...... In Birgunj, which lies in the central plains, a sense of racial discrimination and lack of opportunities is a recurring theme. “Sab haakim pahariya hai. Only the hill people get elected as officials,” said Eenar Jyoti, a farmer in her 20s who was visiting Birgunj from Chaukiaberia village. Chandan Gupta, a 19-year-old high-school student who has taken part in several protests, said the Nepal government discriminates against Madhesis, giving them the runaround when they apply for citizenship cards and jobs. But was there a lack of economic opportunities in Birgunj, a decades-old commercial centre? “Not everyone can set up a business,” Gupta said. ....... even if they have to suffer now, once their agitation succeeds future generations will not have to bear the discrimination that they have faced. ...... Dubey said he had supported the protestors initially, even getting into a scuffle with Nepal's paramilitary in September in the initial weeks of the protest. But he, like other transporters in Raxaul, has been losing thousands of rupees worth of business every day. Surely by now, he argued, the Madhesi leaders in Kathmandu should have been able to make some progress? ......... “People voted for Madhesi leaders in large parties like the Nepali Congress,” Soni said. “But once inside parliament, they did not speak up for Madhes – some were scared, others sold out.” ....... “The Maoists, now in power, are trying to crush the Madhesis, because after all they too are ruled by the powerful hill communities,” added Shambhu Yadav, a farmer. ....... They cut short the time for parliamentary debate and public consultation, and rolled back or diluted several provisions they had agreed to in the interim Constitution. The politically fragmented Madhesi leadership failed to assert itself. ....... Madhesis were agitated. Were the deaths in the Madhes movements of 2007 and 2008 in vain, they asked. This anger led directly to the current crisis. ...... In Birgunj, officials say that for most of August, demonstrations were organised during the day and the police escorted trucks carrying goods and fuel from the Miteri bridge through the town at night. Political workers say they were increasingly frustrated at a lack of response from the government. “For 45 days, we expressed our demands through a simple protest,” said Bhupinder Tiwari, a political worker with the Sadbhavna Party, a leading Madhesi political party. “But this deaf government was not bothered.” In the last week of August, the protestors began to obstruct the night-time traffic of trucks. .........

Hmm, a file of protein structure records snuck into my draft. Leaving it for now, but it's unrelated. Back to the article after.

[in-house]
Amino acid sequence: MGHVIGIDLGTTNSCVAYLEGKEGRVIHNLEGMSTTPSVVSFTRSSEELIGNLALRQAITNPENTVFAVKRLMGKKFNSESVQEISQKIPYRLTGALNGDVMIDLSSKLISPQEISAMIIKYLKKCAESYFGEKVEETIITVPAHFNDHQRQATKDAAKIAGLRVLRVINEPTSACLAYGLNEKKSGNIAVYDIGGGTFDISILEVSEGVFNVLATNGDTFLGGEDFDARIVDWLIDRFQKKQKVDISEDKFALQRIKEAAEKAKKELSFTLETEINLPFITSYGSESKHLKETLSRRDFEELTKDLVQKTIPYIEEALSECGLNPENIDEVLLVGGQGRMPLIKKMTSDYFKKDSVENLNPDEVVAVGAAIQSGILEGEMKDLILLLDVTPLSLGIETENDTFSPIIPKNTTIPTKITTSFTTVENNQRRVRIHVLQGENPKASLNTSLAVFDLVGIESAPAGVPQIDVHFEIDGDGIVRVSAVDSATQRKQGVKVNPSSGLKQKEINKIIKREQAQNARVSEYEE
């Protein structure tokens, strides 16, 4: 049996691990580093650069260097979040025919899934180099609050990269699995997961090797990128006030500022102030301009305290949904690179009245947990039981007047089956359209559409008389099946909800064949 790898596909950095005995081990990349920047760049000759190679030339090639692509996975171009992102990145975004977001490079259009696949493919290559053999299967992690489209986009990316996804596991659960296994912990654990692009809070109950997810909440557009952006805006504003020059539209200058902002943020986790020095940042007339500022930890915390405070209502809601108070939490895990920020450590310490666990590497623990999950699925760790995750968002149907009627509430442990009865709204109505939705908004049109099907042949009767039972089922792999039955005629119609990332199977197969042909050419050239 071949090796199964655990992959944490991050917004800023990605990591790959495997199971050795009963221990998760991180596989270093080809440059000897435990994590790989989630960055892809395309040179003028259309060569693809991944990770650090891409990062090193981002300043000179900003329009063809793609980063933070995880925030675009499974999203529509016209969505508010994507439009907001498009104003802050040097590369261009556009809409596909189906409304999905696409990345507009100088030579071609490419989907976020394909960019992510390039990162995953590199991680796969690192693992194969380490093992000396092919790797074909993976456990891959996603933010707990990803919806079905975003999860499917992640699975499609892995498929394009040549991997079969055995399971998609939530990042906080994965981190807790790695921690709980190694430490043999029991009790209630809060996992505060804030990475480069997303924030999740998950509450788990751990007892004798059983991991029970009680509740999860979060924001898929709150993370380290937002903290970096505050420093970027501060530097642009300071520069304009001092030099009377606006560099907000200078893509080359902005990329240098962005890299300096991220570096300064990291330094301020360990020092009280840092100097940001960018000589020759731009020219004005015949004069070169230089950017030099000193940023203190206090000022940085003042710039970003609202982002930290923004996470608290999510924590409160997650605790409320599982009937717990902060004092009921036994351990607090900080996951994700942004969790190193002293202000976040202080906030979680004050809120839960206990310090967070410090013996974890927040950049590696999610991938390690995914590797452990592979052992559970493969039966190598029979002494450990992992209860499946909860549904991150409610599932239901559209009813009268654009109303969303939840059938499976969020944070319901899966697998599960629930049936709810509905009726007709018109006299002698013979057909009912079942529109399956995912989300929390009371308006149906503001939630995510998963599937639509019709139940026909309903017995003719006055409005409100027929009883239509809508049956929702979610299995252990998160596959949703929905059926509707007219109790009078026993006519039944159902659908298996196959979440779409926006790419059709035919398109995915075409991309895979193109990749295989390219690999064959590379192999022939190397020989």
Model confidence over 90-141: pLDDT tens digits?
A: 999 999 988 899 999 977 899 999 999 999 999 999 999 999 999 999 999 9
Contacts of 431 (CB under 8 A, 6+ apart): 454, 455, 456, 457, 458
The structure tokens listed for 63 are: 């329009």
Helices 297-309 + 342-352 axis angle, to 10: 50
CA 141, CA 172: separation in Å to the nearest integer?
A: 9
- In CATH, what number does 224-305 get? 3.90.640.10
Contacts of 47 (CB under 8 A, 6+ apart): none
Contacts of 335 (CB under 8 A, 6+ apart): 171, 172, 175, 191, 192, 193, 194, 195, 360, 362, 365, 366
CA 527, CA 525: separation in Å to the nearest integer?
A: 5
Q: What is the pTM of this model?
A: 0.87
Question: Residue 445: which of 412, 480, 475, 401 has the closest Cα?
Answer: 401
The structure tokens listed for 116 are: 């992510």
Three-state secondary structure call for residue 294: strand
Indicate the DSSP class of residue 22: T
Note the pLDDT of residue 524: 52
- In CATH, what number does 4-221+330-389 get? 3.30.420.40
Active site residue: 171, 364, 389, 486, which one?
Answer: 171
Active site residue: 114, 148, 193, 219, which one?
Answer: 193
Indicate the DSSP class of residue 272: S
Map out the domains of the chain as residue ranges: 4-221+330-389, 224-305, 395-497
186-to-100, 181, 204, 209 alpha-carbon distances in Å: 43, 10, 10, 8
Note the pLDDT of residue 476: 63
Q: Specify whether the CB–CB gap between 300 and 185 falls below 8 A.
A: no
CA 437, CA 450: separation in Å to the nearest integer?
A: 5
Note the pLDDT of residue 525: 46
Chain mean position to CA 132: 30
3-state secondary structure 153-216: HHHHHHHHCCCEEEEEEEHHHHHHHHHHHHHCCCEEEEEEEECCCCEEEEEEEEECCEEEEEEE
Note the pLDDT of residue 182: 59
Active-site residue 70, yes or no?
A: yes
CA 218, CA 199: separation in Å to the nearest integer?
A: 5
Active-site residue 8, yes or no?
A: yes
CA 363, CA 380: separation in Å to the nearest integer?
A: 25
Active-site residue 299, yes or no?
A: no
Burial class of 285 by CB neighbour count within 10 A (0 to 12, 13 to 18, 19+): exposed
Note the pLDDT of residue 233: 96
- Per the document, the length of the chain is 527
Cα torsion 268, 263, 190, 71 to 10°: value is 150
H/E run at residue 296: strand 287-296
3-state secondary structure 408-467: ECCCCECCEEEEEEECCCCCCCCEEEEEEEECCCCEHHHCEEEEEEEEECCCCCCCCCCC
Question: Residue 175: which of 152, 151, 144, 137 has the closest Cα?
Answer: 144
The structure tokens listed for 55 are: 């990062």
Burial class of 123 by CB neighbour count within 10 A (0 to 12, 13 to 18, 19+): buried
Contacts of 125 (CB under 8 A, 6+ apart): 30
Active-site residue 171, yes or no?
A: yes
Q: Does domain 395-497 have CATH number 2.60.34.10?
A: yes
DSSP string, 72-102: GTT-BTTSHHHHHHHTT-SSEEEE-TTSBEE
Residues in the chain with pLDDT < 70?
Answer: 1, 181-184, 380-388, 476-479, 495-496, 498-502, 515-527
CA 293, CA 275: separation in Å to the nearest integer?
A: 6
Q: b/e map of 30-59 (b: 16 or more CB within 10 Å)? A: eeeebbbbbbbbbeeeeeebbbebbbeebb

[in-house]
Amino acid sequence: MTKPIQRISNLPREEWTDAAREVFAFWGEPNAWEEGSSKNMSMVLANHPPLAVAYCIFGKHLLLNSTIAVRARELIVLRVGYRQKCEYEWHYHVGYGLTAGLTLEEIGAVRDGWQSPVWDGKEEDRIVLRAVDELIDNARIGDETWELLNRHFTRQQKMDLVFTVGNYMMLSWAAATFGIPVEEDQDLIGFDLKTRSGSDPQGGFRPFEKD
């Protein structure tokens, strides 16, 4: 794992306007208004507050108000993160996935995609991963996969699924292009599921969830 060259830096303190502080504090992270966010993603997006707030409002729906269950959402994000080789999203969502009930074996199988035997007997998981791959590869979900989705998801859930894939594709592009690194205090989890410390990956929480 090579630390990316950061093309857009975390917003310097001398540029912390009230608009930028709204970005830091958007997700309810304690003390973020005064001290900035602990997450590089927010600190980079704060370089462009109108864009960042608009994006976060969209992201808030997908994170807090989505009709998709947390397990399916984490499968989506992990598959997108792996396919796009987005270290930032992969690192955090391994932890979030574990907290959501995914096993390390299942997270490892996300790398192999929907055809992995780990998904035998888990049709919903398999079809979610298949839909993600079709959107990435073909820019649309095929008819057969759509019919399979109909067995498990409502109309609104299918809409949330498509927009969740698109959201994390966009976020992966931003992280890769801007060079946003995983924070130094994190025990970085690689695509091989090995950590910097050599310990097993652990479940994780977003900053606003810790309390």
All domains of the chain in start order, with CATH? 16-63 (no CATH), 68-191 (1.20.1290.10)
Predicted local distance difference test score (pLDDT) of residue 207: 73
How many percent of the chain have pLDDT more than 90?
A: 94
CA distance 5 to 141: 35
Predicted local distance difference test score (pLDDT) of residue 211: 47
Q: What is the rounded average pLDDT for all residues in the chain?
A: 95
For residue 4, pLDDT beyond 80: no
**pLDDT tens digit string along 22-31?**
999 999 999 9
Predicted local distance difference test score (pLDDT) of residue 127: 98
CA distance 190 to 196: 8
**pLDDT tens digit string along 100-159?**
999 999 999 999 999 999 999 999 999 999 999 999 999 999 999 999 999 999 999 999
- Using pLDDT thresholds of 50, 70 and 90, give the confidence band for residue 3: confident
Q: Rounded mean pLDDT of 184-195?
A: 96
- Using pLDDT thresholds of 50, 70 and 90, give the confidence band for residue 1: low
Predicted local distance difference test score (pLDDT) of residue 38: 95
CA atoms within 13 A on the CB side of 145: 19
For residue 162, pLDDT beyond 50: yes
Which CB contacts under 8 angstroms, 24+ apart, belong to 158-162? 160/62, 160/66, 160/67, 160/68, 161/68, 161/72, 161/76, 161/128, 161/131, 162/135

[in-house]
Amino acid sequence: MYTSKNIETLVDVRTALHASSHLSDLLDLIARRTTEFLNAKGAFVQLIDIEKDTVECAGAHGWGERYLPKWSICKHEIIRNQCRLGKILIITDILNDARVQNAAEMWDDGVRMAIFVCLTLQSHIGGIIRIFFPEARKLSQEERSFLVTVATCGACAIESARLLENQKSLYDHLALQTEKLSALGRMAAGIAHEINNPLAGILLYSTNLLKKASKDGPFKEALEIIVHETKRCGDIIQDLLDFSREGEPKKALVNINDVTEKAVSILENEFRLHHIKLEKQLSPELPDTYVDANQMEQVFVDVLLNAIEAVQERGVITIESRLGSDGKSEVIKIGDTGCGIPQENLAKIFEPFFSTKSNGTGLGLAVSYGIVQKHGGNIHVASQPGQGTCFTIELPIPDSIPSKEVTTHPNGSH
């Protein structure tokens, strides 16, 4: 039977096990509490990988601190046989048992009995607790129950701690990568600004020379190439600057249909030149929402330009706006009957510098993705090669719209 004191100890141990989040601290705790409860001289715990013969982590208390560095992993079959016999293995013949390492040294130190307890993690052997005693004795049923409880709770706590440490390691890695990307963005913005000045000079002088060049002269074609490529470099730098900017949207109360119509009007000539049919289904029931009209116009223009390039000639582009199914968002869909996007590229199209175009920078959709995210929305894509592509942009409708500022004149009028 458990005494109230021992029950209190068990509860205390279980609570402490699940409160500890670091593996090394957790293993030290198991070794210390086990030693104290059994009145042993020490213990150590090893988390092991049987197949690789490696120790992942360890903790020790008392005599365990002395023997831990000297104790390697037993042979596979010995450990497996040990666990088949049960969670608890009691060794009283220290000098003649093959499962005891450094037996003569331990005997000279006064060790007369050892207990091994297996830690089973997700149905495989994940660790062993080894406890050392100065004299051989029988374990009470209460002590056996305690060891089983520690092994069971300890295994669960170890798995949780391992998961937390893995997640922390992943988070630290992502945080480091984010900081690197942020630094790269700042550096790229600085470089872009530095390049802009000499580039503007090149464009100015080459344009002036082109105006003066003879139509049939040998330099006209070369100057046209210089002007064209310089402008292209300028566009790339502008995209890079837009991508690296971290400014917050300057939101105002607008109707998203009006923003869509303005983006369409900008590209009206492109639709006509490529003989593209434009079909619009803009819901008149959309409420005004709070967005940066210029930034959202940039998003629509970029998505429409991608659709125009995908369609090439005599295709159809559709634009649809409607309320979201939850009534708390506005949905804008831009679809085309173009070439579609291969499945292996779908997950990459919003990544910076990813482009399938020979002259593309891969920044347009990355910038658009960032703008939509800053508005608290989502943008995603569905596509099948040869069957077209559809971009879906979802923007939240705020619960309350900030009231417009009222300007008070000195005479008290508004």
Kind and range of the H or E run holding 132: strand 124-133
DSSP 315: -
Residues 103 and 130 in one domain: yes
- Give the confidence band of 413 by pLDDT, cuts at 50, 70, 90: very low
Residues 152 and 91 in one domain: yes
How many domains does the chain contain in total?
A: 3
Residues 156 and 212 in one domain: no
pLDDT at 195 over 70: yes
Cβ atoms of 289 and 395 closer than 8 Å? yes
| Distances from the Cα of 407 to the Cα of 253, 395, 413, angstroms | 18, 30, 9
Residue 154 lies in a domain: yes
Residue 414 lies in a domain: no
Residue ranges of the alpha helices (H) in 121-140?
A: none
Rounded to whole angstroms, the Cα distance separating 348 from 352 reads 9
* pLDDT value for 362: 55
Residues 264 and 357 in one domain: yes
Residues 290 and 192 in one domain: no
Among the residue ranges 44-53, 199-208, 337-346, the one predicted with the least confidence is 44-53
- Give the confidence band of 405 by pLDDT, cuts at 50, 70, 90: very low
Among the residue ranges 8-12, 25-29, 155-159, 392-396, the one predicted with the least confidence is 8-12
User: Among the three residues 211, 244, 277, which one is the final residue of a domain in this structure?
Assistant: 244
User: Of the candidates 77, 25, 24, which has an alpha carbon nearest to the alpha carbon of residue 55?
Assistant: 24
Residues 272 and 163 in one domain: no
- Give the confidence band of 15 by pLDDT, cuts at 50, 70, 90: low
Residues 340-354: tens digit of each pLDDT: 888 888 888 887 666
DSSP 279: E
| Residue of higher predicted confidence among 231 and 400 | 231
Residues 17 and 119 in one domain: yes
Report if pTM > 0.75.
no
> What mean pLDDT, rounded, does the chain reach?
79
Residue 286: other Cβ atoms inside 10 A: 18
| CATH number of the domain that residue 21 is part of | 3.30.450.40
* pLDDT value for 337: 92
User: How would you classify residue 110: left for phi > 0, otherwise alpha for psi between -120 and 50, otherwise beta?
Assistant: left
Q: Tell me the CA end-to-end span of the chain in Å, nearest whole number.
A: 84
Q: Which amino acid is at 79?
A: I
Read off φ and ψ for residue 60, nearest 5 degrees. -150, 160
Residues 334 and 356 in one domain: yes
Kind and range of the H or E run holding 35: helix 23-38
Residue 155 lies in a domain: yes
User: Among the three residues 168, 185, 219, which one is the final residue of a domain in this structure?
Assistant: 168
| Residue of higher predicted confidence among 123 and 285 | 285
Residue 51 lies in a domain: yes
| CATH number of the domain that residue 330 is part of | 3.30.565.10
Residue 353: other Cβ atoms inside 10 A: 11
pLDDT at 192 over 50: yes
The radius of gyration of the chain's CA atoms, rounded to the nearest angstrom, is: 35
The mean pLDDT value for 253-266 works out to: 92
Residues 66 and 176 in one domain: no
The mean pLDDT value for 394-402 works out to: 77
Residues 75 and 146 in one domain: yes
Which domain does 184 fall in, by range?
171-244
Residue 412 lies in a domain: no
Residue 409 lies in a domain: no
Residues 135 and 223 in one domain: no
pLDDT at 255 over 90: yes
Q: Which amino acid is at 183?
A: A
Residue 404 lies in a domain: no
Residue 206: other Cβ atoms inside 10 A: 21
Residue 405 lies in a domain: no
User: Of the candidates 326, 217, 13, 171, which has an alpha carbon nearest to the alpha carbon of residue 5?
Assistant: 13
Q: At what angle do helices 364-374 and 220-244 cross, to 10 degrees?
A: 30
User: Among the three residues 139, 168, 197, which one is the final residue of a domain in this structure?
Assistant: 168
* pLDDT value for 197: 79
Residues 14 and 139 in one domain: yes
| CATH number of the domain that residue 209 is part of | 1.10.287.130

As protests intensified, Nepal Armed Police killed five youth in Birgunj over August 30-31, shooting them at close range in the head, face and back.

...... Birgunj's Narayani sub-regional hospital's emergency ward files “Madhes Andolan” as a separate category. “Dilip Chaurasia, dead with bullet in left shoulder. Dharamraj Singh, 21, dead with bullet in the head. Suresh Yadav, 19, shot in the cheek. Rajababu Sah, 16, shot in chest...” ...... These records show that between August and November, 228 protestors were treated for bullet wounds and other serious injuries. Similar incidents of fierce protests and lethal police violence were recorded in the adjoining districts. Human Rights Watch has investigated the criminal attacks by the protestors as well as several instances of use of disproportionate force by the police. ........ “The Indian government had stood as a guarantor on the previous agreements during the Constitution drafting process, and the ruling parties unilaterally abrogated those agreements,” the official said. “The continuing disturbances across the border are a security concern.” ....... In Birgunj, curfew continued till September 20. On that day, the Nepal government ratified its Constitution by a large majority. ...... “How long are we to live under the shadow of the guns of the police?” asked an incensed Pradeep Yadav, district president of the Federal Socialist Forum. “They put us under curfew, while everything went on as normal in Kathmandu. After they signed off on the Constitution this way, we felt we had to do something.” ....... On September 23, an alliance of Madhesi parties gave a public call to shut down all government offices and to intensify protests along the highways. The next morning, in Birgunj, political workers occupied the Maitreyi bridge. ........